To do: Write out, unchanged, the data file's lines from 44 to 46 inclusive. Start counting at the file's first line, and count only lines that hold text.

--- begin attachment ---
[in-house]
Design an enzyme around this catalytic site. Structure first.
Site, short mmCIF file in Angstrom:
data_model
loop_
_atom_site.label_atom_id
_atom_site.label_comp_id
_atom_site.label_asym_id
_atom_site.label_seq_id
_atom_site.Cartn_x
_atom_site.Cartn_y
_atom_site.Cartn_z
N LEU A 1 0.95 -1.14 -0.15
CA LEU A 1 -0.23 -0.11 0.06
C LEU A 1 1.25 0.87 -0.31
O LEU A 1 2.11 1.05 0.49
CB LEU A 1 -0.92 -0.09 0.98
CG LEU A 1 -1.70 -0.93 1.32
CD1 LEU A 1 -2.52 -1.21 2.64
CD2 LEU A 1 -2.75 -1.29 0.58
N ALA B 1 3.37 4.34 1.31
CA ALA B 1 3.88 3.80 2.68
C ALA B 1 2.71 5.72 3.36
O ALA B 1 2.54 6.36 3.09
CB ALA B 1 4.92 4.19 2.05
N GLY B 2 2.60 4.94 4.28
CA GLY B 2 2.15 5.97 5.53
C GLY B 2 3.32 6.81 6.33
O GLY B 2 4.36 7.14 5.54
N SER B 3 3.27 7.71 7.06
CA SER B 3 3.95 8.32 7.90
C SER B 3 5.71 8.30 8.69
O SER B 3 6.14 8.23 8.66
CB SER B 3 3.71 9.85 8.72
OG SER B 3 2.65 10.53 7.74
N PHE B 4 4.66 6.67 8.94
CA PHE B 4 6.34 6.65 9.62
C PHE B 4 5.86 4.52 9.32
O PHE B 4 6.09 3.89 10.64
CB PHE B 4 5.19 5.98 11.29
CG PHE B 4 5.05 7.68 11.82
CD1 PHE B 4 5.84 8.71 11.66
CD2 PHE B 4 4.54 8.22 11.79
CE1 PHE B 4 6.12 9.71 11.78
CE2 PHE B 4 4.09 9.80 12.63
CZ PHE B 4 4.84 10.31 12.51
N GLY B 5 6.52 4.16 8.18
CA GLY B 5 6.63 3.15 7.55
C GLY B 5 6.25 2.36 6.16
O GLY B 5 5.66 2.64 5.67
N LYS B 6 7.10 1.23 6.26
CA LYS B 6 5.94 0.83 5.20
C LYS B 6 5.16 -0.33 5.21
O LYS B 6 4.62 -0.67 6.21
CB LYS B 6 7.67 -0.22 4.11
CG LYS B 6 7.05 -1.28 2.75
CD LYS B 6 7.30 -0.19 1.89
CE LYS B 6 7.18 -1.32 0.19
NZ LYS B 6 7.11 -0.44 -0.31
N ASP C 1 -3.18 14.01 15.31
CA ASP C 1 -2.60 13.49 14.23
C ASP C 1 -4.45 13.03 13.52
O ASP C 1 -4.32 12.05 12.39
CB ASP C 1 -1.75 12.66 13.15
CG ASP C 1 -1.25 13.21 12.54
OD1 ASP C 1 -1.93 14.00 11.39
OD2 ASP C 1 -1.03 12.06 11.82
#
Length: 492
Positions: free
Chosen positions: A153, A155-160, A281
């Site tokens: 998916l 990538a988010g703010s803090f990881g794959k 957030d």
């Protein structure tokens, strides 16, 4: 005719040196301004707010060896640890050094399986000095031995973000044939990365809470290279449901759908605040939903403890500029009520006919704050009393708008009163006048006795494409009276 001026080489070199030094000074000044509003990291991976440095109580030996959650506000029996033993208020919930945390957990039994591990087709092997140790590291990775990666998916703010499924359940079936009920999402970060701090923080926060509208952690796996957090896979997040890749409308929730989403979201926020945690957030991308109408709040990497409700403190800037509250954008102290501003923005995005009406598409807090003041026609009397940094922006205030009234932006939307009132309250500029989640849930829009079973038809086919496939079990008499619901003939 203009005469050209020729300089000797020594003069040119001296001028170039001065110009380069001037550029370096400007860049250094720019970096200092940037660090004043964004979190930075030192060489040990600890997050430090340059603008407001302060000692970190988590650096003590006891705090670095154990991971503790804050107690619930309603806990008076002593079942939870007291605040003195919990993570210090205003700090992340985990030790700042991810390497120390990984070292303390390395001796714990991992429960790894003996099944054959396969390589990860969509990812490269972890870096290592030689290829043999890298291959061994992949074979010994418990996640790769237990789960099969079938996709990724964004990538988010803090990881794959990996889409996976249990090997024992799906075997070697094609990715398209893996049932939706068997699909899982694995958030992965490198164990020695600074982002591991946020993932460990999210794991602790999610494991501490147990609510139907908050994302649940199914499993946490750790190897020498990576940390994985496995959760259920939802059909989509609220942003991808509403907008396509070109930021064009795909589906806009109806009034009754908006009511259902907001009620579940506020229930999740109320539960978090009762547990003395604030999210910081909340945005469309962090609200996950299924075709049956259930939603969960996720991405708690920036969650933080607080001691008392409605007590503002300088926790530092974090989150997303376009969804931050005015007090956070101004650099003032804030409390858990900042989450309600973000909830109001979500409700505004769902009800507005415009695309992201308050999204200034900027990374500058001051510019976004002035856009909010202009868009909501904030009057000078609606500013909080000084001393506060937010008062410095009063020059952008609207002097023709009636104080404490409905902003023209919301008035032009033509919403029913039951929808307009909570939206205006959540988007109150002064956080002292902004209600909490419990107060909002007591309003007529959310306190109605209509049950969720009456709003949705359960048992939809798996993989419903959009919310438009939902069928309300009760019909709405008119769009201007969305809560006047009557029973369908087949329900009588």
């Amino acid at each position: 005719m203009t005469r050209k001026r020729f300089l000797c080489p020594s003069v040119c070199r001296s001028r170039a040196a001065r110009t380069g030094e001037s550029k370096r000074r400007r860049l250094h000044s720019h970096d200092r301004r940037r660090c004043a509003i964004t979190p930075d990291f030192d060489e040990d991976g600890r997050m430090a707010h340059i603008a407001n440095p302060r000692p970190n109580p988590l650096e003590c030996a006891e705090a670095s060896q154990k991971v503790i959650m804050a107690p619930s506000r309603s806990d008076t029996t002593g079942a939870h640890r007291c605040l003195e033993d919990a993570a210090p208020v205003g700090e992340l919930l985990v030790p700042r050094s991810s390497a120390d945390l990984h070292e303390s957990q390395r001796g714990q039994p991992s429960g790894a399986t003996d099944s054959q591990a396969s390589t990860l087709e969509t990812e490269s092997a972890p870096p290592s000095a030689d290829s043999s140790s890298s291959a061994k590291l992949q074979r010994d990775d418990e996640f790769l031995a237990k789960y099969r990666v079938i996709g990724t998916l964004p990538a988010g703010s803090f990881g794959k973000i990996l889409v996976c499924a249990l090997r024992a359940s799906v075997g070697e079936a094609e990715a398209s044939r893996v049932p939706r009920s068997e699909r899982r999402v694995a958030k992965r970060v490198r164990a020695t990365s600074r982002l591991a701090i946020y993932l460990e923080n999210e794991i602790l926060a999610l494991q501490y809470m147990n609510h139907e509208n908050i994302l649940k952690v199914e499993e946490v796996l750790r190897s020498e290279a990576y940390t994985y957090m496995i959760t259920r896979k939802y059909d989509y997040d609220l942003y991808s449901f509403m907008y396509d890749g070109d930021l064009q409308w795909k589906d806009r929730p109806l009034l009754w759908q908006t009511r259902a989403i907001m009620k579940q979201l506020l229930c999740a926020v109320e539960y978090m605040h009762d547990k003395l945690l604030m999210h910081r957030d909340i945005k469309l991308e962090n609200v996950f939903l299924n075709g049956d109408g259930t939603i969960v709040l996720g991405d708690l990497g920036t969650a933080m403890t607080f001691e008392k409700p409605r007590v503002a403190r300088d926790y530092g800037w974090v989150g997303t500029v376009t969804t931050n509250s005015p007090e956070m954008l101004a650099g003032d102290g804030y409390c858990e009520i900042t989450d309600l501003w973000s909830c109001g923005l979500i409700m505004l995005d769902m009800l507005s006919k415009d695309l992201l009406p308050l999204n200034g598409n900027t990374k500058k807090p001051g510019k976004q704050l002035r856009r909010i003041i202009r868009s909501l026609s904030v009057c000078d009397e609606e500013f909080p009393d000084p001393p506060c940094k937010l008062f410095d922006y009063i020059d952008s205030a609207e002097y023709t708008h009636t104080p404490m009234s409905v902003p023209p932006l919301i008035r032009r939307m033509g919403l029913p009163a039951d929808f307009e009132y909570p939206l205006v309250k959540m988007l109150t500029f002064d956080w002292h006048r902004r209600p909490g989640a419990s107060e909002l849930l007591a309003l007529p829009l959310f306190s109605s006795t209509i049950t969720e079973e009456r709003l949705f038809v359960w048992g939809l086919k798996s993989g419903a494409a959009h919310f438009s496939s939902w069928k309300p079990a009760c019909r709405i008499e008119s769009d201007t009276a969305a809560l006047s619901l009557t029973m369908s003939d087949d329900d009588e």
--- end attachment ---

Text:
CE1 PHE B 4 6.12 9.71 11.78
CE2 PHE B 4 4.09 9.80 12.63
CZ PHE B 4 4.84 10.31 12.51